11. leon phelps

    leon phelps Newcomer, in training Posts: 23

    Pretty funn last post. I was an importer of cables from China for a long time. I know of the sub-standard conditions and the willingness for the Chineese Govt to cover up the rights violations. When I visited, I broguht my own translator who was instructed to tell no one he spoke fluent Mandarin. Women would routinely camp out with children on their back to ensure they were to get work the next day. Made me really wonder if I wanted to be in the business.

    As for Dell, when you are big enough you can dictate terms with Chineese manufacturers. You can set price and payment terms. The rest of us little guys have to pay upfront and are slave to market pricing(if the owners of the plant have their car payment or mortgage due--my translator overheard my price going up for someones daughter going to college in the UK). On top of that, Dell offers horrible warranties. Tech support tells you to use restore disk more than 90% of the time. Restore=reformat just in Dell lingo. It is the users responsibility to backup. For 10-15% more buyers can have custom systems built with 3 year processor, three year hard drive, one year motherboard, lifetime modem and NIC cards. This is sure better than the 90 days that Dell gives.

    As it goes, we all know about AOL. Why would they be the #1 ISP? American consumers are not very bright. Same reason for Dell being the best.

    I forgot to mention that it is dificult to make a meaningful job soldering and crimping parts for computers. If you have ever done it for a couple hours, you totally understand.
     
  12. StormBringer

    StormBringer Newcomer, in training Posts: 2,871

    Just to toss some gas on this fire...

    In response to the cheap labor used to produce Dells, look inside every other computer, same labels, pretty much same components, just different case designs.

    In response to the warranty remarks, Dell, as well as most other manufacturers, offers up to four years service contracts, while sure, consumer tech support is crap, if you can manage to get a business relationship contract(employee purchase program or such), you get much better support, from American tech support people. You'll still hear restore/format from time to time because of legal reasons. Most OEMs can't legally support more than basic operation of OEM software(this includes OS as well as most other junk on the machine) And legally can't support any of the crap you add after you purchase it. How would MS like it if Dell offered free tech support for OS issues when MS charges a fee for the same thing? Backup, thats another legal area, if you lose the data, you could then blame Dell(or whomever was helping you back it up) Not many people are going to risk that, especially since lawsuits are so popular these days.
  13. zephead

    zephead TechSpot Paladin Posts: 2,483

    communists have rights now?
  14. leon phelps

    leon phelps Newcomer, in training Posts: 23


    I am not quite sure of why an OEM or other vendor or software cannot legally suppoort more than basic? I am open to a legal explanation. I always thought MS would offer OS support for a short time. Since you pay for a license from DELL, shouldnt someone offer OS support? We all know MS will pass you off with an OEM S/S and Dell offers no OS support. Another way Dell robbs customers. I am not sure how helping to save data would cause a lawsuit since reformatting definitely loses data. Wouldnt the first way be some way to keep some customers happy even if it worked 15% of the time? There are these new techincal thinggies called flow charts that when followed help even *****s manage risk. Too bad one couldnt be invented for poor OS's and support for software.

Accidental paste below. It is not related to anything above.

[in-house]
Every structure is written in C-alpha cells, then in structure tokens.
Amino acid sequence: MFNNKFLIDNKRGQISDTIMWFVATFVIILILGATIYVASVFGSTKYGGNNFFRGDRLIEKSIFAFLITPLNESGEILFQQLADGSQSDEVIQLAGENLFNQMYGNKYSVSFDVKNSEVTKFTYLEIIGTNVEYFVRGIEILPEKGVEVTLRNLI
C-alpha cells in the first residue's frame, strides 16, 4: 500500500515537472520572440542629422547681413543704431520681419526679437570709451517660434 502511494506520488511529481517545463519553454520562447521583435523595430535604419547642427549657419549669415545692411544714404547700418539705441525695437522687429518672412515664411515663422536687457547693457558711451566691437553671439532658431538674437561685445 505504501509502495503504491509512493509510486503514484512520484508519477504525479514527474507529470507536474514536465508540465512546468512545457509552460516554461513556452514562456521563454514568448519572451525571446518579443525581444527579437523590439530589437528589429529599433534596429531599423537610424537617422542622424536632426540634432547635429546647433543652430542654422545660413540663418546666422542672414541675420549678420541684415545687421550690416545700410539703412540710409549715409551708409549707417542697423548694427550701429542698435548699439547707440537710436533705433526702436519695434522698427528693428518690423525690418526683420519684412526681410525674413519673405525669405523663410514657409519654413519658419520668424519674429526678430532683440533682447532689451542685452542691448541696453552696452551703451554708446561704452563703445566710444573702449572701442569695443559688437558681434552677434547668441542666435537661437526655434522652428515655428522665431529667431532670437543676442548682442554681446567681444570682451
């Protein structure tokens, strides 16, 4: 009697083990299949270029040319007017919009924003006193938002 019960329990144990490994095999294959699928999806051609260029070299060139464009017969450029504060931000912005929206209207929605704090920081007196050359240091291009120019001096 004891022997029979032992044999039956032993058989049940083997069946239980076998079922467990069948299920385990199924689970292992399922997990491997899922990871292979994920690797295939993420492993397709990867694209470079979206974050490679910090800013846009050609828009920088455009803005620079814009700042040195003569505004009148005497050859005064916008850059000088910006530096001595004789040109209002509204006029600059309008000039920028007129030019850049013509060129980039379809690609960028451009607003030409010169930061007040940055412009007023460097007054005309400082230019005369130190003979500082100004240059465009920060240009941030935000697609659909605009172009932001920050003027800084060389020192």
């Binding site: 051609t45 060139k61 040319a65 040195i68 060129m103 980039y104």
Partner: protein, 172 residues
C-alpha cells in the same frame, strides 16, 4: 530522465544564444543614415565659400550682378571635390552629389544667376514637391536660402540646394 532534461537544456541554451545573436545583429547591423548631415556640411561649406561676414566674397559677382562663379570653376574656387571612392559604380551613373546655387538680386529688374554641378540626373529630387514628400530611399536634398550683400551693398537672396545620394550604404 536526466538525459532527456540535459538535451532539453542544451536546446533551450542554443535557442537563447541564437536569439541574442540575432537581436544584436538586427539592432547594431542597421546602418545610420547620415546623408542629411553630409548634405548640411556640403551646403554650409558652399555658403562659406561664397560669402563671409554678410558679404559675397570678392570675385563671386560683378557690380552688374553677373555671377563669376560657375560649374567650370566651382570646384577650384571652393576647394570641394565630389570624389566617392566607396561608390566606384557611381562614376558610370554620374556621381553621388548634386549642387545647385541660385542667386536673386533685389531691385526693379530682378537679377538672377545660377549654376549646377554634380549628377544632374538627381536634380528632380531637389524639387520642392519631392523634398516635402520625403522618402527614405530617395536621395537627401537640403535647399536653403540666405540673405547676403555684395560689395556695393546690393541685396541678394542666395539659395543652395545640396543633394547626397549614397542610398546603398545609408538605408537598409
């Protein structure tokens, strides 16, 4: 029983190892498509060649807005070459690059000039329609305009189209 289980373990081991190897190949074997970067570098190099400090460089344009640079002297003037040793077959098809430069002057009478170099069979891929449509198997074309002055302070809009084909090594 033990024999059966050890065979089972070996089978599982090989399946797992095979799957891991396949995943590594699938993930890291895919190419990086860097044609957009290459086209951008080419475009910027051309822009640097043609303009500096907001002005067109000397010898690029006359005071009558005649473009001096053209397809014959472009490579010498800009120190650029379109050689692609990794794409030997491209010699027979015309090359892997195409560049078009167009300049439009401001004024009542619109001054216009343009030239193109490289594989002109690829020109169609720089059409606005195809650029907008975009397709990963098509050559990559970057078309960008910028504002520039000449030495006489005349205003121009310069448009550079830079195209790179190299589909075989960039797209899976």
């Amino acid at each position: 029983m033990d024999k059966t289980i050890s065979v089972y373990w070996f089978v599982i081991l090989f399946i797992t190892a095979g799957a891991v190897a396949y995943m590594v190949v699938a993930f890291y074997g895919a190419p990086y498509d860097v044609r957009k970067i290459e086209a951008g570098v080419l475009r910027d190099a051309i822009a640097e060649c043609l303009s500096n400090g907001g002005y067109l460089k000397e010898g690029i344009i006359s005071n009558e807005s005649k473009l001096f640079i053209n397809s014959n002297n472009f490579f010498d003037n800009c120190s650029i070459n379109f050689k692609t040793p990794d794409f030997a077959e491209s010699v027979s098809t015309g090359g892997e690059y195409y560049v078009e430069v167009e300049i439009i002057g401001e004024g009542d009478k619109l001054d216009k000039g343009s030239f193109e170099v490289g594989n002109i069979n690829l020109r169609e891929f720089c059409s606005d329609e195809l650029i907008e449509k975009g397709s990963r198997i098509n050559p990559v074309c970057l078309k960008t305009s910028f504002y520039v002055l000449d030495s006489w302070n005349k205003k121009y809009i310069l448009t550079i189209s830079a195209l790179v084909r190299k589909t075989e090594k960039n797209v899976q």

Funny you would mention that Dell offers tech support contracts with a straight face. Imagine paying for reformatting advice. Paying extra for hardware that should be in warranty from the manufacturer is a noble idea. Paying per month for it is even dumber.
  15. StormBringer

    StormBringer Newcomer, in training Posts: 2,871

    Dell offers free software support within the first 21 days from invoice, after that you can get fee based support(just like MS offers) With the fee based software support you get more than just basic usage support(the basic usage is what you get with regular TS) But its basically the same support you'd get from MS. The problem is, rarely will a tech support agent refer you to software support because customers tend to get mad when they find out they have to pay for that support.

    The legal aspect of this is that OEMs pay MS a fee and agree to offer support for those copies, part of this agreement is that they must offer that support in similar terms as MS. How ould MS like it if OEMs started giving free support for OS issues when MS charges for it?

    Hmm, paying for formatting? I don't follow. You pay for a service contract so that if you need parts or service in that time, you don't pay for it. This might be a bad investment if you never have a problem but a HDD replacement pretty much makes it worth the price of the contract(if you ever bought a notebook drive, you know what I mean). The phone support is free during the term of the contract(and until recently, phone support was for the life of the system with Dell, and is still an available option with certain contracts)

    BTW, get the facts straight, the proper "Dell lingo" is Format/Reinstall, unless you have a Dimension or Inspiron sold after July '04(they have a PC Restore partition) all other Dell systems come with a Windows CD and a drivers disc, they have since sometime in the late 90's when they got rid of the zztop restore partition.
  16. Tedster

    Tedster Techspot old timer..... Posts: 10,074   +13

    You get what you pay for. Ultra cheap means they're really skimping on performance.
Topic Status:
Not open for further replies.


Add New Comment

TechSpot Members
Login or sign up for free,
it takes about 30 seconds.
You may also...


Get complete access to the TechSpot community. Join thousands of technology enthusiasts that contribute and share knowledge in our forum. Get a private inbox, upload your own photo gallery and more.